A Facebook whistleblower will go before US lawmakers Tuesday to urge regulation of the social media giant, after an outage impacted potentially billions of users and highlighted global dependence on its services.
Ex-employee Frances Haugen is set to testify on Capitol Hill after she leaked reams of internal research to authorities and The Wall Street Journal, which detailed how Facebook knew its sites were potentially harmful to young people's mental health.
She will speak before senators less than a day after Facebook, its photo-sharing app Instagram and messaging service WhatsApp went offline for roughly seven hours, with "billions of users" impacted, according to tracker Downdetector.
In excerpts of Haugen's testimony leaked to US media, she accuses Facebook of putting its bottom line before the safety of its users.
"Facebook became a $1 trillion company by paying for its profits with our safety, including the safety of our children," Haugen said in her prepared statement for the Senate hearing quoted by Bloomberg News.
"I came forward because I recognized a frightening truth: almost no one outside of Facebook knows what happens inside Facebook. The company's leadership keeps vital information from the public, the US government, its shareholders, and governments around the world."
In her testimony she argues for regulation of the closely scrutinized company that is woven into the daily lives of so many people.
"When we realized tobacco companies were hiding the harms it caused, the government took action. When we figured out cars were safer with seatbelts, the government took action," the excerpts said. "I implore you to do the same here."
Facebook has pushed back hard against the outrage regarding its practices and their impact, but this is just the latest crisis to hit the Silicon Valley giant.
US lawmakers for years have threatened to regulate Facebook and other social media platforms to address criticisms that the tech giants trample on privacy, provide a megaphone for dangerous misinformation and damage young people's well-being.
After years of fierce criticism directed at social media, without major legislative overhauls, some experts were skeptical that change was coming.
"It's going to have to come down to the platforms, feeling pressure from their users, feeling pressure from their employees," Mark Hass, an Arizona State University professor told AFP.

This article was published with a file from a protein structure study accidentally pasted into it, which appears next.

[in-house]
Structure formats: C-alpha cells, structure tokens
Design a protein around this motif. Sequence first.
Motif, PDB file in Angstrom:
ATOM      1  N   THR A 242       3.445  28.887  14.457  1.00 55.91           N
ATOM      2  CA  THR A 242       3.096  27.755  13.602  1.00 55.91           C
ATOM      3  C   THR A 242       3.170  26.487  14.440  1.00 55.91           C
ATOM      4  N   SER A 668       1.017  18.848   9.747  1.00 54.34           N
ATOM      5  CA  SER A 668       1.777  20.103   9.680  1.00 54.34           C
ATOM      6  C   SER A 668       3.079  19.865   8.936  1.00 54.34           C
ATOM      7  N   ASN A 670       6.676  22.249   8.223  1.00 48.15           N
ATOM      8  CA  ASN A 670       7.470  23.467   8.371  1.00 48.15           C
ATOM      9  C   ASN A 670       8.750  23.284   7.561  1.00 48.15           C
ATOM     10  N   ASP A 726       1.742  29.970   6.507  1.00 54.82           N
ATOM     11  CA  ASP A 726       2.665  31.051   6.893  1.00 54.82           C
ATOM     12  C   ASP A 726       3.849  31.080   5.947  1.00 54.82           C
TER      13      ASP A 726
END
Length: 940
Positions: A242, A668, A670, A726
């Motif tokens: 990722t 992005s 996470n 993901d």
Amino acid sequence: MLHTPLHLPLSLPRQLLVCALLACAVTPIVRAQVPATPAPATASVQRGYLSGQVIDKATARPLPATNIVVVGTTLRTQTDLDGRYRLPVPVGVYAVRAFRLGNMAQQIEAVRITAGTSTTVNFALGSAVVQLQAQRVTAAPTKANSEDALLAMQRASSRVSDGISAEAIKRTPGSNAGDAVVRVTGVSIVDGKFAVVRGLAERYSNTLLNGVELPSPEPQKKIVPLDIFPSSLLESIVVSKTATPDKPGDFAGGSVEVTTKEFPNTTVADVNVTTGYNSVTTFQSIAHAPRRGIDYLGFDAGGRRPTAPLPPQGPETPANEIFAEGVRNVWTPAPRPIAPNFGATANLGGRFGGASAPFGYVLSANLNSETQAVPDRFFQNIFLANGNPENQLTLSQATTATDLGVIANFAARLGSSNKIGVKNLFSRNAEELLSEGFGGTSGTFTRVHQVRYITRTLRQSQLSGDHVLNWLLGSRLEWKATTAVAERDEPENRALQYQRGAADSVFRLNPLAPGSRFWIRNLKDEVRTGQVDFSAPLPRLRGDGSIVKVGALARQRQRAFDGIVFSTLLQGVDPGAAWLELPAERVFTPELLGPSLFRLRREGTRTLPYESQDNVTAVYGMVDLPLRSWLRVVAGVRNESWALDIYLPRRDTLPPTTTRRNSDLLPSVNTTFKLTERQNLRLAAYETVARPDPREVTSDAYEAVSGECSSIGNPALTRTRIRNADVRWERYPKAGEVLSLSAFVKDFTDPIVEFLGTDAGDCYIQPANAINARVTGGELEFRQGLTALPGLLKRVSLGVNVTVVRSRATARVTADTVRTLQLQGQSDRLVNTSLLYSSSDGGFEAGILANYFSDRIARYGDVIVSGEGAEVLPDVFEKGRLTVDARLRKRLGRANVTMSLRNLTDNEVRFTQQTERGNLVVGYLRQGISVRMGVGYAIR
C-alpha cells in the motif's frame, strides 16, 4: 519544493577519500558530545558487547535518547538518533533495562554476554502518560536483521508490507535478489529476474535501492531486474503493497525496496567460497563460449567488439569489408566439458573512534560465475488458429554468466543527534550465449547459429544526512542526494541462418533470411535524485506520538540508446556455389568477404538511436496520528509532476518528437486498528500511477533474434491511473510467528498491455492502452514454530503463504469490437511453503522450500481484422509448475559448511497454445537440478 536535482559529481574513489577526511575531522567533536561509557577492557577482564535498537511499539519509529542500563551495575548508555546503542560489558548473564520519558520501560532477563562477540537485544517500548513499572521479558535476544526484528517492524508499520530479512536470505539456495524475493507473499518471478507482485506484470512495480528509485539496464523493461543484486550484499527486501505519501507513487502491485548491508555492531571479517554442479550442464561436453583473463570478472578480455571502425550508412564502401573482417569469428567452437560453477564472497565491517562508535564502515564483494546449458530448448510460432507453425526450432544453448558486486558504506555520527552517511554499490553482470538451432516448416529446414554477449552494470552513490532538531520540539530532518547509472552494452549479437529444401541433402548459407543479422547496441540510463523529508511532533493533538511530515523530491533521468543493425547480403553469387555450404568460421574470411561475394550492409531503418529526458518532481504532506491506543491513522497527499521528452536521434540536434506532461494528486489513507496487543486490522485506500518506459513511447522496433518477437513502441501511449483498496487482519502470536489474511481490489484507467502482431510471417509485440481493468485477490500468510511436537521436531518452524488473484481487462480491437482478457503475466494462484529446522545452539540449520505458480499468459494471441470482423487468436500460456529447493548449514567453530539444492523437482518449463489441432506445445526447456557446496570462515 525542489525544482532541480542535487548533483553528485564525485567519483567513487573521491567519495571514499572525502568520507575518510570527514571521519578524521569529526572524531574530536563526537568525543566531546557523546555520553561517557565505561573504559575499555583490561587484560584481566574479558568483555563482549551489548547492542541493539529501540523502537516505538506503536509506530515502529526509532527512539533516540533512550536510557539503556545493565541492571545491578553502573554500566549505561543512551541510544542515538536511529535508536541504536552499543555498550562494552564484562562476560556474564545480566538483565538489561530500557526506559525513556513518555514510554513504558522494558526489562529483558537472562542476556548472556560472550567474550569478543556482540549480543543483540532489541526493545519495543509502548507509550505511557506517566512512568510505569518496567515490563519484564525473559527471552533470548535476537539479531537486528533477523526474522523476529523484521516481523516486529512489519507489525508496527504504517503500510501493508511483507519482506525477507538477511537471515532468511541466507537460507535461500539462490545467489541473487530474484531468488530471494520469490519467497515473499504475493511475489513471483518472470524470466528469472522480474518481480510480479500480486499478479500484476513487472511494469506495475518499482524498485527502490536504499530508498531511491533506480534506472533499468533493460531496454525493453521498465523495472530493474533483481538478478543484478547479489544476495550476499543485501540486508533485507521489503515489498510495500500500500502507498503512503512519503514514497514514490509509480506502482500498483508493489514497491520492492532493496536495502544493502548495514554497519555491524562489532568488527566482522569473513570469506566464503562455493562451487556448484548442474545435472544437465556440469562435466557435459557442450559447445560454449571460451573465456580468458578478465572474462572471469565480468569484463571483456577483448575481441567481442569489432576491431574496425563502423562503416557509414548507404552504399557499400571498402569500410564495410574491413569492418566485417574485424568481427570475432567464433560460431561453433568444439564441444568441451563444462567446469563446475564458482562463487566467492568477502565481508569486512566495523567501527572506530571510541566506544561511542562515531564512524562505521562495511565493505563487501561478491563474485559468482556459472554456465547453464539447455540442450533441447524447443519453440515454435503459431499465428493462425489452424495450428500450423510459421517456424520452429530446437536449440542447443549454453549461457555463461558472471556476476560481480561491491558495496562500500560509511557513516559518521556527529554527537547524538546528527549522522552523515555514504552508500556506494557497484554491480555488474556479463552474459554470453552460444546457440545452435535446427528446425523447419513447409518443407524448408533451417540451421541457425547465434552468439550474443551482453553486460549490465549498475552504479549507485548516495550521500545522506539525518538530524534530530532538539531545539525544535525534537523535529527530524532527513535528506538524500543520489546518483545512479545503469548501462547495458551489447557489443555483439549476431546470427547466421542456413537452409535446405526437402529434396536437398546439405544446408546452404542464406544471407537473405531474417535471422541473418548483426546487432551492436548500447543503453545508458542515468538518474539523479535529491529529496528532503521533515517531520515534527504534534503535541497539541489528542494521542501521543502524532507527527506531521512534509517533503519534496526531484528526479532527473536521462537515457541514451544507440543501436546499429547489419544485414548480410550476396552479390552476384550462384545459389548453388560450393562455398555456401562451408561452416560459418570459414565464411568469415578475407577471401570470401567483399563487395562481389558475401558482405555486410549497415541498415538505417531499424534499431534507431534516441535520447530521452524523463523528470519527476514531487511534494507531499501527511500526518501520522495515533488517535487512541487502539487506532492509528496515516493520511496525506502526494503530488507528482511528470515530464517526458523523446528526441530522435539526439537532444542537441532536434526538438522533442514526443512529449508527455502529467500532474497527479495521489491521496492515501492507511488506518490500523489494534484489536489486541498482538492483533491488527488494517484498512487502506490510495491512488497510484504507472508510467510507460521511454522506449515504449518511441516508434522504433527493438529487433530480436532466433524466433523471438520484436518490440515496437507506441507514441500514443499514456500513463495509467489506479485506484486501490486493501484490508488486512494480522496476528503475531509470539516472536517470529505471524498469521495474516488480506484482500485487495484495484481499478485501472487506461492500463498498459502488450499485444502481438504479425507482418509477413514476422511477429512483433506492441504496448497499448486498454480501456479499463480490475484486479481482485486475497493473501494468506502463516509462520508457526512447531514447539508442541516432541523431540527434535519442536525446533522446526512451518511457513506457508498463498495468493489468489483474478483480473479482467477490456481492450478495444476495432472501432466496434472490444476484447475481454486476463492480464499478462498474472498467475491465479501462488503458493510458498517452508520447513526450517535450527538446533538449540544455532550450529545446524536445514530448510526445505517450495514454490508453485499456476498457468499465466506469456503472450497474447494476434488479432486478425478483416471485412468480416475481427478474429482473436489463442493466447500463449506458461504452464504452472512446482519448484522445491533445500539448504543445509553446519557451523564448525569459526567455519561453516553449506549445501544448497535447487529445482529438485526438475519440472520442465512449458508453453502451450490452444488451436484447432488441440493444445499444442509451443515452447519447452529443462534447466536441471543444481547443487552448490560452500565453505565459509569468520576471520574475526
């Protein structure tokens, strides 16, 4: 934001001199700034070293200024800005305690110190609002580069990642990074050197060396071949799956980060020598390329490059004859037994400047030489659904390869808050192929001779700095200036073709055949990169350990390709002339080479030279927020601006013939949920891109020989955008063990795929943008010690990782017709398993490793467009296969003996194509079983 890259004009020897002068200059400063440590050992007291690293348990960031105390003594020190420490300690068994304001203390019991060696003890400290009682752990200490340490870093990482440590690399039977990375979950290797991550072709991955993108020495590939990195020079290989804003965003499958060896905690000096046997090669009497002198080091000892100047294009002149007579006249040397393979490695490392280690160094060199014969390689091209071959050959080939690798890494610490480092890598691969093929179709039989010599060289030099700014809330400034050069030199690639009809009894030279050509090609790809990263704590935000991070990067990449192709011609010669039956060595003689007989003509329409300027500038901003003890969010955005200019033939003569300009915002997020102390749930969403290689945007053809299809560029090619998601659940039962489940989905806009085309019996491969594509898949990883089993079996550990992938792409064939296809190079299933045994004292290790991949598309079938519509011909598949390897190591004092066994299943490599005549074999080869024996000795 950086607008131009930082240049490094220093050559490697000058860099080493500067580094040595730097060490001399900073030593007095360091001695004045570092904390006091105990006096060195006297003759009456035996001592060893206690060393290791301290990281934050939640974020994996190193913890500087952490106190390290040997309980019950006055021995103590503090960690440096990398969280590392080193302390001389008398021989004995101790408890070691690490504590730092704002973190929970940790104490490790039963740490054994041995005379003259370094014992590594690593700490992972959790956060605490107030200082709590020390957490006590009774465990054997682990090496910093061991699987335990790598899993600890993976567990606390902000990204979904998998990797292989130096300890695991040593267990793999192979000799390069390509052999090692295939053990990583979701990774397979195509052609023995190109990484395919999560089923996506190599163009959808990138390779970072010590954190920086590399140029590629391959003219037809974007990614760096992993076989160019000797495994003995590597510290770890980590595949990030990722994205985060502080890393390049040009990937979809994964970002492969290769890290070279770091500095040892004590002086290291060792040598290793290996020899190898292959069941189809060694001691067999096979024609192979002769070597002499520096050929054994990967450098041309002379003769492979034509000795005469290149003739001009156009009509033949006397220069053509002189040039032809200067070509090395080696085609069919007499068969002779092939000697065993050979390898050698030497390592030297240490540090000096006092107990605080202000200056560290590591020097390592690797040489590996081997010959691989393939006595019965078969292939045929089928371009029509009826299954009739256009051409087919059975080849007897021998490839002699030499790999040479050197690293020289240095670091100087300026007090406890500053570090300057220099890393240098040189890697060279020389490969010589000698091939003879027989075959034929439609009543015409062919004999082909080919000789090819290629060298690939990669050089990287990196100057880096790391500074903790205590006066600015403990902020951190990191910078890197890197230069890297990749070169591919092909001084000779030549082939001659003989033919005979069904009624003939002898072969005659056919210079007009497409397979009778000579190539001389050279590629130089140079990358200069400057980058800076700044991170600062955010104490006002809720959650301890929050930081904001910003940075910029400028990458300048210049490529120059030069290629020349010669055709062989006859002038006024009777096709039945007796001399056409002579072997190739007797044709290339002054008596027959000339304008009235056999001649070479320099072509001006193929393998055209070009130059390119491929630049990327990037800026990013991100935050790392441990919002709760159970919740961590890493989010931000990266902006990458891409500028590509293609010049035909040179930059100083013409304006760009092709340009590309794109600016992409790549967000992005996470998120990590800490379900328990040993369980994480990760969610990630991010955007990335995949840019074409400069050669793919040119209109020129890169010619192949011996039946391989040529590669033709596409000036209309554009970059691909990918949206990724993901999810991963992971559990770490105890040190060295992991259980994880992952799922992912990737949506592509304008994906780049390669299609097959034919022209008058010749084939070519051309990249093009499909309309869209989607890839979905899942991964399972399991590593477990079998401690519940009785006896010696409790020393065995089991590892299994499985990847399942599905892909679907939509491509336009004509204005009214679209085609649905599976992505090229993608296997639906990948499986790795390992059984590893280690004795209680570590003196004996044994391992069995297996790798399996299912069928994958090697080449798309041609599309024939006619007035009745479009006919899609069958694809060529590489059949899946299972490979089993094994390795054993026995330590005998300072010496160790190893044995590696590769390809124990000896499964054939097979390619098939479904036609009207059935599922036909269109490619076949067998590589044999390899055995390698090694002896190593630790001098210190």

- 'I love Instagram' -
Haugen, a 37-year-old data scientist from Iowa, has worked for companies including Google and Pinterest -- but said in an interview Sunday with CBS news show "60 Minutes" that Facebook was "substantially worse" than anything she had seen before.
Facebook's vice president of policy and global affairs Nick Clegg vehemently pushed back at the assertion its platforms are "toxic" for teens, days after a tense, hours-long congressional hearing in which US lawmakers grilled the company over its impact on the mental health of young users.
Facebook late Monday blamed the outage on configuration changes it made to routers that coordinate network traffic between its data centers.
"This disruption to network traffic had a cascading effect on the way our data centers communicate, bringing our services to a halt," Facebook vice president of infrastructure Santosh Janardhan said in a post.
In addition to the disruption to people, businesses and others that rely on the company's tools, Facebook CEO Mark Zuckerberg took a financial hit.
Fortune's billionaire tracking website late Monday said Zuckerberg's personal fortune plunged by nearly $6 billion from the prior day to land at just under $117 billion.
Some people rejoiced at Facebook's tools being offline, but some complained to AFP that the outage had caused trouble for them both professionally and personally.
"I love Instagram. It's the app I use the most, especially for my job," said Millie Donnelly, community manager for a nonprofit.
"So professionally, it's definitely a step back and then personally, I just am always on the app."